The AST construction is implied for the most common cases but can be modified using actions in order reconstruct the AST. The metamodel is not derived from the grammar and can be of arbitrary types.
TMF Common makes use of existing Eclipse technologies where possible. For instance, the tooling will be based on Eclipse Platform and the new IMP framework. The default AST technology will be EMF.
In order to provide a more convient API for our target audience (DSL developer), TMF has two common types of DSL abstractions on top of the TMF common framework:
Another feature that falls into the scope of this project is defining and generating support for so called 'in-place' editors, i.e. not full-fledged editors for complete models, but rather flexible single-line or multi-line input fields for model fragments that are commonly used in diagrams (think e.g. the UML class attribute, with all the visibility, type, multiplicity information stacked into a compact string) or views (think file rename in the Project Explorer). TMF could therefore provide in-place editing to GMF.
We propose this project should be undertaken within the Eclipse Modeling Project. The goal of the project is to work along with GMF to complement concrete syntax tooling around EMF. The intention of the project is to utilize M2M and M2T technologies from the Modeling project. Other dependencies are the Eclipse Platform (especially, Text Editor and JFace frameworks) and EMF.
Few projects with the capabilities similar to what this proposal describes are being developed, and we intend to review any proposed contribution during the Validation Phase. Contributions that are aligned with the project goals may be refactored and used as initial code contributions. In particular, the following contributions are deemed worthy of attention:
The two contributions have a different approach. The next paragraph will elaborate on the two and explain why both of this contributions are valid and should go into the project as own components.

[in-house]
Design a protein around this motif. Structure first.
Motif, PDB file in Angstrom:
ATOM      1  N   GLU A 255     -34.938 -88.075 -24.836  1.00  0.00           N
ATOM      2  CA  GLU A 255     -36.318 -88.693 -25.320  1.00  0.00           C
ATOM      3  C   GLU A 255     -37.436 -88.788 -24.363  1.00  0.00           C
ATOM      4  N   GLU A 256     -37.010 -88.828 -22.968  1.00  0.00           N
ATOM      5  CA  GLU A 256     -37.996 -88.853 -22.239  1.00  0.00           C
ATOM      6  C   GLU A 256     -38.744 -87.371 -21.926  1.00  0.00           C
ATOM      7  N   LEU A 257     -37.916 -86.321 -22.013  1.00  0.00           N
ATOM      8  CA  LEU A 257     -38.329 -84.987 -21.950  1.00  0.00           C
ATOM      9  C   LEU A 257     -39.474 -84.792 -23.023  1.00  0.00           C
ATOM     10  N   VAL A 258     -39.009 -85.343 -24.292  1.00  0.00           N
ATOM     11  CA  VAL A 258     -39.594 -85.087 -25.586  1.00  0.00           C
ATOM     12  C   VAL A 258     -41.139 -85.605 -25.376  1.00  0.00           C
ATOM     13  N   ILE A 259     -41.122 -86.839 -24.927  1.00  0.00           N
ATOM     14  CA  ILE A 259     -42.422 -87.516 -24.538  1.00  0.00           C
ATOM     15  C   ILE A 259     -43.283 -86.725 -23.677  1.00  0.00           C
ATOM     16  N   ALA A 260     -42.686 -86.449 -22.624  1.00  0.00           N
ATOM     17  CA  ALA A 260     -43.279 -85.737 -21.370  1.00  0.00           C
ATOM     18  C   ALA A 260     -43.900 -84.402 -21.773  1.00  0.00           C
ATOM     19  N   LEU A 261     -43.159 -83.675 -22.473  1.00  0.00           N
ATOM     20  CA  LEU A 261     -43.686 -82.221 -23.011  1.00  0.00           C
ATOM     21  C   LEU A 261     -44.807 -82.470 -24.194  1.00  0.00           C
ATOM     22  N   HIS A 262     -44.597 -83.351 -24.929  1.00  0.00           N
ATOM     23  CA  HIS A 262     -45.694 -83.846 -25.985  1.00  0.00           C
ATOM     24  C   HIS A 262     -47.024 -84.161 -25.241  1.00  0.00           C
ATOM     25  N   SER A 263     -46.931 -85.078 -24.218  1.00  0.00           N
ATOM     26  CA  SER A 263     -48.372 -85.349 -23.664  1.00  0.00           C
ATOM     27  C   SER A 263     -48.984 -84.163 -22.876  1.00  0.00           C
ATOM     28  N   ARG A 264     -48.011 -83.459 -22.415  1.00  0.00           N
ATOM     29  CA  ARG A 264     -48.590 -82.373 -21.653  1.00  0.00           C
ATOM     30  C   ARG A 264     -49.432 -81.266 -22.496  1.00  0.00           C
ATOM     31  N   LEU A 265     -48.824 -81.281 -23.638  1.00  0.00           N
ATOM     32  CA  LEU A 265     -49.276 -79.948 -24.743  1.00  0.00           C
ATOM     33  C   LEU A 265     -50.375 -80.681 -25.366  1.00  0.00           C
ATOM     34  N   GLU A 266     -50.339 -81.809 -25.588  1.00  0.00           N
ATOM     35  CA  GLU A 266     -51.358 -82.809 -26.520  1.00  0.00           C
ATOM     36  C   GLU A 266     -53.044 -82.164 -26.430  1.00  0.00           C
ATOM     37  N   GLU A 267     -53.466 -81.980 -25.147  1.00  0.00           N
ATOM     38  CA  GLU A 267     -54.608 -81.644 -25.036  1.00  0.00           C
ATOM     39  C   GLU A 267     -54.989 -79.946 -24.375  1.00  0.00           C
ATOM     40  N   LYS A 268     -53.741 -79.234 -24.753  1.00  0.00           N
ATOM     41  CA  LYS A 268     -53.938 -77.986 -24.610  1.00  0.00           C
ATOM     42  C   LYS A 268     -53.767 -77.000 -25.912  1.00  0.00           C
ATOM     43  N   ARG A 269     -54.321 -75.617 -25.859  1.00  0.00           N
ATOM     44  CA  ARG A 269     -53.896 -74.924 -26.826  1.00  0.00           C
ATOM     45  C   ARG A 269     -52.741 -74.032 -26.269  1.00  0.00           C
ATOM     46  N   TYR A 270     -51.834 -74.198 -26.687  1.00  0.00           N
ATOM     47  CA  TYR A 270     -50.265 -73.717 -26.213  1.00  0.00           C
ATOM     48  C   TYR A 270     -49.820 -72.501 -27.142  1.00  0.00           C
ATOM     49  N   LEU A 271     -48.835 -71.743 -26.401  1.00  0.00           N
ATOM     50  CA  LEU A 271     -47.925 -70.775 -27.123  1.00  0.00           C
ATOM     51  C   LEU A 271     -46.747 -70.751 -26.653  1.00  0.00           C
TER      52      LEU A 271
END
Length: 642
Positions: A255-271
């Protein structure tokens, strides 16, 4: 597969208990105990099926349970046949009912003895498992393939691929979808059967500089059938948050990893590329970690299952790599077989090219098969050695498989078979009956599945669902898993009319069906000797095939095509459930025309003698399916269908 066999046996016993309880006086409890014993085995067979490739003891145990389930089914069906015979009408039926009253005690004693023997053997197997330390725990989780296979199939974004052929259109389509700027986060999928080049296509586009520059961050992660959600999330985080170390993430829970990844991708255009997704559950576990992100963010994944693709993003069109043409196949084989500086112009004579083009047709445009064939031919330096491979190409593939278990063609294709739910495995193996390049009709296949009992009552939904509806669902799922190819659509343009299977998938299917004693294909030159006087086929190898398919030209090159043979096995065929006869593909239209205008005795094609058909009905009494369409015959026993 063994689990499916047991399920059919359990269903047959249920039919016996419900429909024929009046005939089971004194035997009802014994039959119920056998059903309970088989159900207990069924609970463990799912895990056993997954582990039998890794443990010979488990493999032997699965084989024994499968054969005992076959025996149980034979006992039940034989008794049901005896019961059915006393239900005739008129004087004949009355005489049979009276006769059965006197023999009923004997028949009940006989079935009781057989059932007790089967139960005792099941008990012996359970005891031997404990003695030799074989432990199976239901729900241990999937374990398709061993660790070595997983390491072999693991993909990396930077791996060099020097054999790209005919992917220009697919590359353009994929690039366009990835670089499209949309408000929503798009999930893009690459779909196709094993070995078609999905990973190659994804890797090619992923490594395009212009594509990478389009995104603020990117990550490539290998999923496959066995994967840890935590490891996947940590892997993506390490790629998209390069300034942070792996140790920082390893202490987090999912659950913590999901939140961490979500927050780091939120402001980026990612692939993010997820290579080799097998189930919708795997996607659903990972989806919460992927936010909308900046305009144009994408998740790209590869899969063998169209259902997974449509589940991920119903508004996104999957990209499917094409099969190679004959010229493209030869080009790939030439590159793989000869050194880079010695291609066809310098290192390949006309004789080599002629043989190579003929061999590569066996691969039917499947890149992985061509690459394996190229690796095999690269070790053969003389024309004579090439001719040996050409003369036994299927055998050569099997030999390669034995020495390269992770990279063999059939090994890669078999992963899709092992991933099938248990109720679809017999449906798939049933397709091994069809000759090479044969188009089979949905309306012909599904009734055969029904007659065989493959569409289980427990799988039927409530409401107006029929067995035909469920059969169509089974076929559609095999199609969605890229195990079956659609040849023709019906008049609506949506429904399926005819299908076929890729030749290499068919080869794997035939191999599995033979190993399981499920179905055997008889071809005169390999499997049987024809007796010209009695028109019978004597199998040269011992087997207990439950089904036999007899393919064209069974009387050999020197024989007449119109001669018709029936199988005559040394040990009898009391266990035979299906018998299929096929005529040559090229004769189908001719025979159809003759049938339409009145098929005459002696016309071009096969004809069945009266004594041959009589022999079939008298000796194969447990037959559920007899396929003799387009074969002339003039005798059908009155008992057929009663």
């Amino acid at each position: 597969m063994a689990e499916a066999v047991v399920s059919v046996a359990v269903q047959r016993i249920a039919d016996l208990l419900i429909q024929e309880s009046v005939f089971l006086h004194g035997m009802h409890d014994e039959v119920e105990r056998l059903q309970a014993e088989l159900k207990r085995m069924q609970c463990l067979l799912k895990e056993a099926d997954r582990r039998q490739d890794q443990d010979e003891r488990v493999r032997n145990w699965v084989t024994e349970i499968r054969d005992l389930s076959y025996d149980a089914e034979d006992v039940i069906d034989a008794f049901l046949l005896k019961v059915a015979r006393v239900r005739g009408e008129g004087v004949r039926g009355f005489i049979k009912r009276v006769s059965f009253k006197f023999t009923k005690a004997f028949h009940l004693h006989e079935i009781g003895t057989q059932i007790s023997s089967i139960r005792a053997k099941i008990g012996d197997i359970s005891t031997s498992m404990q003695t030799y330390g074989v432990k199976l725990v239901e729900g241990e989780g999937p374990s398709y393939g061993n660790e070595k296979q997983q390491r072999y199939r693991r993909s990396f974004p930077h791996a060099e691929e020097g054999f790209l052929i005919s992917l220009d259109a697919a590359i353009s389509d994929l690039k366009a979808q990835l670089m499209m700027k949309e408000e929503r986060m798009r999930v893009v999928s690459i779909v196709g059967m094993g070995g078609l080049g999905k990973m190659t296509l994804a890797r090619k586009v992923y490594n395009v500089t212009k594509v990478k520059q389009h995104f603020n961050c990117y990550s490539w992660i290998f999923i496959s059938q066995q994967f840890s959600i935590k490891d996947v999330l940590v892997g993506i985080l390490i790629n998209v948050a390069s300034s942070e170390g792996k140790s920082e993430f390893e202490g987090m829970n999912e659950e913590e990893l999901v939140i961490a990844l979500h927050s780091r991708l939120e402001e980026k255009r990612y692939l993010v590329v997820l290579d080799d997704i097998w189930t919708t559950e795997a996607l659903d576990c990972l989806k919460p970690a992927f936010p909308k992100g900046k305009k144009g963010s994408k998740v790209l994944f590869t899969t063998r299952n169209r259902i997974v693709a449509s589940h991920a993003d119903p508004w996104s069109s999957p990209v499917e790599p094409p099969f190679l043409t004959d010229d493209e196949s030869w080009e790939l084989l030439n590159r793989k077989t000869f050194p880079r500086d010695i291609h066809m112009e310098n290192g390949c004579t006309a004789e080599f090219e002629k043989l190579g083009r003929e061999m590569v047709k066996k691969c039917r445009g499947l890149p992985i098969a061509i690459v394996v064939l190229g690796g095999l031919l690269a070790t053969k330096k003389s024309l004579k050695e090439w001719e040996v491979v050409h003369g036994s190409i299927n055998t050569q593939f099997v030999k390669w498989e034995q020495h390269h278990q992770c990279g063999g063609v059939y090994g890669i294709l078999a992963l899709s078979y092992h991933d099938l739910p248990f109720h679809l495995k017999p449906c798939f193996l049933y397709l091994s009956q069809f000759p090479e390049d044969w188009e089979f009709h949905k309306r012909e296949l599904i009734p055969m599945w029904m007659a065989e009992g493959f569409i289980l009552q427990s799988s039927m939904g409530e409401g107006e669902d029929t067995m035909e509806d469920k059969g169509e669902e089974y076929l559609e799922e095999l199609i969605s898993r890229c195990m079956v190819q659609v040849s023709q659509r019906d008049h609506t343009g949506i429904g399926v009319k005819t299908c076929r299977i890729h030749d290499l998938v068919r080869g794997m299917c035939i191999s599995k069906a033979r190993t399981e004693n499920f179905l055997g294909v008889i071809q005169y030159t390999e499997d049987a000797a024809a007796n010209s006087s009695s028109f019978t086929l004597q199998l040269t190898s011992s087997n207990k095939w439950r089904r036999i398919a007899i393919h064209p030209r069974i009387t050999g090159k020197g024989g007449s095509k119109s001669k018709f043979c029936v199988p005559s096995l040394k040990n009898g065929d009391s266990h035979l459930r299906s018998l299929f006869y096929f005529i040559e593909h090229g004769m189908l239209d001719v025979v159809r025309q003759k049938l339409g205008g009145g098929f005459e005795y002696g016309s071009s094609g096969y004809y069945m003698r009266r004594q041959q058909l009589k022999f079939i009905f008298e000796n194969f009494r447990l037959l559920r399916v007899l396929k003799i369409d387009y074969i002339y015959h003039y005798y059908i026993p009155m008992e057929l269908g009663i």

TCS is starting with a meta-model. This meta-model has to be annotated by the user with syntax information. From this information TCS generates an ANTLR-based grammar. The provided Eclipse-Editor works interpretative. Furthermore TCS offers model to text generation based on the specified syntax. People who have existing meta models might want to use this approach.
As opposed to TCS, with Xtext's grammar language one describes the abstract and concrete syntax at once. Therefore you cannot directly map a concrete syntax to a given meta model but have to do that in a separate step using model-to-model transformation (M2M). Xtext generates an Ecore model (the meta model or abstract syntax), an ANTLR 3 parser and a DSL-specific Eclipse-Editor. The generated code runs on a generic framework based on Eclipse technology. One can declaratively define constaints on the DSL which will be checked in the parser and in the editor. Xtext provides a low learning curve as well as fast turn-arounds. Users which are aware of grammars will use this approach.
A group at the T.J. Watson Research Center of IBM is working on SAFARI, a platform to provide rich Eclipse-based tooling for arbitrary textual languages (http://www.oopsla.org/2006/program/demonstrations/d19:_safari:_a_platform_for_generating_language-specific_ide_support.html). SAFARI provides much infrastructure that would be very useful in developing TMF. SAFARI has been proposed as initial contribution for a new Eclipse project called Eclipse IDE Meta-tooling Platform ("The Eclipse IMP") (http://www.eclipse.org/proposals/imp/). TMF will be based on IMP in further versions and support modeling related concepts and abstractions over IMP.
TCS as well as Xtext have proven their usefulness in industrial environments. Therefore both approaches already have a lively user community.
It is also anticipated that the initial user community will be formed by existing GMF users, those already interested in DSL tooling and various concrete syntaxes.